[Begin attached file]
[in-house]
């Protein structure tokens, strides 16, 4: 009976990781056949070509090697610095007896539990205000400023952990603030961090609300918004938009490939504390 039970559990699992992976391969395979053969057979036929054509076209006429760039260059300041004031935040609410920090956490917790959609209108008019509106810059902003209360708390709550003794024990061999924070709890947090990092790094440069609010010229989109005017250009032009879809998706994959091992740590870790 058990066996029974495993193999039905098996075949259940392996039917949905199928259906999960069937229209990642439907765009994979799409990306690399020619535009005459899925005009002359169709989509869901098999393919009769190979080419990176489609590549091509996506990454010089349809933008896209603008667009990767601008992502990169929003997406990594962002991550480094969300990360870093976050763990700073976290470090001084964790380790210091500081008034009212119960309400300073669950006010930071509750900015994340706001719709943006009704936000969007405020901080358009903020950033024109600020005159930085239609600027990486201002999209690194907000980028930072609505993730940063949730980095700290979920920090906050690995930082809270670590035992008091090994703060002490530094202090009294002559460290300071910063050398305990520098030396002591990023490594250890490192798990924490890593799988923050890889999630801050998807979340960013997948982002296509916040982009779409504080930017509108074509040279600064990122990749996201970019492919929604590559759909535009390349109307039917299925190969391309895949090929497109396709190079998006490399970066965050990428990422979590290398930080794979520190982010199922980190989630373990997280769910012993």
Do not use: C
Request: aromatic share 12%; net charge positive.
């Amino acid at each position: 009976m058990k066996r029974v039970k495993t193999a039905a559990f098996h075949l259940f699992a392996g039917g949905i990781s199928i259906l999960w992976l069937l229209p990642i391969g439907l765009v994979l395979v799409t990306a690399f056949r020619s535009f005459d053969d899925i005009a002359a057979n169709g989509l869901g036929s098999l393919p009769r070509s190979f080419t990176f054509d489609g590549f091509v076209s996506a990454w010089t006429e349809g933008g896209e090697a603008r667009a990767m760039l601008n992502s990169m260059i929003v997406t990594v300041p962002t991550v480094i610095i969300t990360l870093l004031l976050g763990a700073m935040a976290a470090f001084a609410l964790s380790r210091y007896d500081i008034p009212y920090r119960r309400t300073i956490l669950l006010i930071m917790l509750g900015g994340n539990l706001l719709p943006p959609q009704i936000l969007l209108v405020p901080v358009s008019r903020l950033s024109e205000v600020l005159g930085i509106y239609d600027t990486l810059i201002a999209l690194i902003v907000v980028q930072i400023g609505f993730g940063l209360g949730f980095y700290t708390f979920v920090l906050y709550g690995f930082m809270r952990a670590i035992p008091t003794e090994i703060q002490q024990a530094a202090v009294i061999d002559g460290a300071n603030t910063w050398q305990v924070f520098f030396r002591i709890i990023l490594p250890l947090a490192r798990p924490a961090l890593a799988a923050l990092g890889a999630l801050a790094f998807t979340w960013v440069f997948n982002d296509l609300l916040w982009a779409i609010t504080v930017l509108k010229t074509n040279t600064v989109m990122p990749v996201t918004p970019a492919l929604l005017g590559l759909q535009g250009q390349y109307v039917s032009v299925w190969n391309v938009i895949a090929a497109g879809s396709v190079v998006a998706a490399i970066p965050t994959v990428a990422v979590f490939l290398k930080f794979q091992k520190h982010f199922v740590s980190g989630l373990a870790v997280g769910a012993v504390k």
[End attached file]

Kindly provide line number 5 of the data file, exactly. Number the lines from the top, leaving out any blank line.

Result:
């Amino acid at each position: 009976m058990k066996r029974v039970k495993t193999a039905a559990f098996h075949l259940f699992a392996g039917g949905i990781s199928i259906l999960w992976l069937l229209p990642i391969g439907l765009v994979l395979v799409t990306a690399f056949r020619s535009f005459d053969d899925i005009a002359a057979n169709g989509l869901g036929s098999l393919p009769r070509s190979f080419t990176f054509d489609g590549f091509v076209s996506a990454w010089t006429e349809g933008g896209e090697a603008r667009a990767m760039l601008n992502s990169m260059i929003v997406t990594v300041p962002t991550v480094i610095i969300t990360l870093l004031l976050g763990a700073m935040a976290a470090f001084a609410l964790s380790r210091y007896d500081i008034p009212y920090r119960r309400t300073i956490l669950l006010i930071m917790l509750g900015g994340n539990l706001l719709p943006p959609q009704i936000l969007l209108v405020p901080v358009s008019r903020l950033s024109e205000v600020l005159g930085i509106y239609d600027t990486l810059i201002a999209l690194i902003v907000v980028q930072i400023g609505f993730g940063l209360g949730f980095y700290t708390f979920v920090l906050y709550g690995f930082m809270r952990a670590i035992p008091t003794e090994i703060q002490q024990a530094a202090v009294i061999d002559g460290a300071n603030t910063w050398q305990v924070f520098f030396r002591i709890i990023l490594p250890l947090a490192r798990p924490a961090l890593a799988a923050l990092g890889a999630l801050a790094f998807t979340w960013v440069f997948n982002d296509l609300l916040w982009a779409i609010t504080v930017l509108k010229t074509n040279t600064v989109m990122p990749v996201t918004p970019a492919l929604l005017g590559l759909q535009g250009q390349y109307v039917s032009v299925w190969n391309v938009i895949a090929a497109g879809s396709v190079v998006a998706a490399i970066p965050t994959v990428a990422v979590f490939l290398k930080f794979q091992k520190h982010f199922v740590s980190g989630l373990a870790v997280g769910a012993v504390k």